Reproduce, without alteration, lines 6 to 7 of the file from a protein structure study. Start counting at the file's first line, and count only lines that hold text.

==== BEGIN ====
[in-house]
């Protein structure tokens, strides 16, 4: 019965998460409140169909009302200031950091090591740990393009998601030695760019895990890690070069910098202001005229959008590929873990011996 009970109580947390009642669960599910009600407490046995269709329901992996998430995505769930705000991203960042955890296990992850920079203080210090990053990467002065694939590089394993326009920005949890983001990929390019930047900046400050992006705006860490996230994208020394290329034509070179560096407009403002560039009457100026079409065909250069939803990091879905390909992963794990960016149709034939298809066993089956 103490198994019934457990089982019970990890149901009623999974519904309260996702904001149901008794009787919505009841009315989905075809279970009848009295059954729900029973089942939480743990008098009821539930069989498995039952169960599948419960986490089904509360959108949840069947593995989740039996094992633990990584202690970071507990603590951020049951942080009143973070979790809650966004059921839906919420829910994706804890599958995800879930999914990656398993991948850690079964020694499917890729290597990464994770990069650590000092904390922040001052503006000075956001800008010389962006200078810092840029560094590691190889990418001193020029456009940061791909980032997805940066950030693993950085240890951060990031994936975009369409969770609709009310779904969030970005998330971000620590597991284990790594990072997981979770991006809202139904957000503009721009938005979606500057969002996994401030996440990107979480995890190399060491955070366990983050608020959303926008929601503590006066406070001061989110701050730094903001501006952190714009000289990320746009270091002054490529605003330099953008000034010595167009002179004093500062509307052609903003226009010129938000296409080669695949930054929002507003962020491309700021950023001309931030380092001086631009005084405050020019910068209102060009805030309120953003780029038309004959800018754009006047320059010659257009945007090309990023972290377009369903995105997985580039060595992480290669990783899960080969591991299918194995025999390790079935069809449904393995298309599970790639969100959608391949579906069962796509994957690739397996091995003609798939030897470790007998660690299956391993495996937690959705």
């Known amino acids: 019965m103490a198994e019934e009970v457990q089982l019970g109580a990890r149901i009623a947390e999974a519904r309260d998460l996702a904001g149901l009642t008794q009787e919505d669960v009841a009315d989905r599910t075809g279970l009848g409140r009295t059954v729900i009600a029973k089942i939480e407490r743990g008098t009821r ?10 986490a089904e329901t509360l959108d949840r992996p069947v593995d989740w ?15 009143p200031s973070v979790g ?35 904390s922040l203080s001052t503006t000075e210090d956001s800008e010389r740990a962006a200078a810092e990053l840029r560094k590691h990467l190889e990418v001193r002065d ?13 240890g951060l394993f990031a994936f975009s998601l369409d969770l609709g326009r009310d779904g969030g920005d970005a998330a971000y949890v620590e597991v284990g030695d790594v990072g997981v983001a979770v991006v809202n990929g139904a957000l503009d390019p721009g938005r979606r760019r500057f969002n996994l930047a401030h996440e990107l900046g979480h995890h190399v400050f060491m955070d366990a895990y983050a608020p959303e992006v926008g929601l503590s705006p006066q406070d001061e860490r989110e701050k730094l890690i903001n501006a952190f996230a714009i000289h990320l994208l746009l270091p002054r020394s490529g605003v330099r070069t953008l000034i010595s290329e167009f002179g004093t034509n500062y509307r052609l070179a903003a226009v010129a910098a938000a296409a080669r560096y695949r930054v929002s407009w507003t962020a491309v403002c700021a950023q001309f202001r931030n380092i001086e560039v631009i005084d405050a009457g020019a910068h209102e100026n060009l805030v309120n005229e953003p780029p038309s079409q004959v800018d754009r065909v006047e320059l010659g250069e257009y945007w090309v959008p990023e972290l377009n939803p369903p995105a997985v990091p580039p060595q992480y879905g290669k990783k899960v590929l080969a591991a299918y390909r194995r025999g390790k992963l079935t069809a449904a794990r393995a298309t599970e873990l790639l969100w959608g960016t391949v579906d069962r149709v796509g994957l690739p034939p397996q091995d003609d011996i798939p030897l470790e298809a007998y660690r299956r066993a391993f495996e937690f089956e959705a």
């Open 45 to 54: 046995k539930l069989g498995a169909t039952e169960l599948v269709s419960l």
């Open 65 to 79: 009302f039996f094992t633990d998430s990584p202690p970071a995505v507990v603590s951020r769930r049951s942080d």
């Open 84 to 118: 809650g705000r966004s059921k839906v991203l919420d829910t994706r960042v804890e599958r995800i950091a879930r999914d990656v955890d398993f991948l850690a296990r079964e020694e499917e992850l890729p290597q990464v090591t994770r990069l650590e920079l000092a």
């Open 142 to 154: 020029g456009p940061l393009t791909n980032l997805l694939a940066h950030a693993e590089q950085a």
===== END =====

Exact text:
């Open 84 to 118: 809650g705000r966004s059921k839906v991203l919420d829910t994706r960042v804890e599958r995800i950091a879930r999914d990656v955890d398993f991948l850690a296990r079964e020694e499917e992850l890729p290597q990464v090591t994770r990069l650590e920079l000092a």
């Open 142 to 154: 020029g456009p940061l393009t791909n980032l997805l694939a940066h950030a693993e590089q950085a």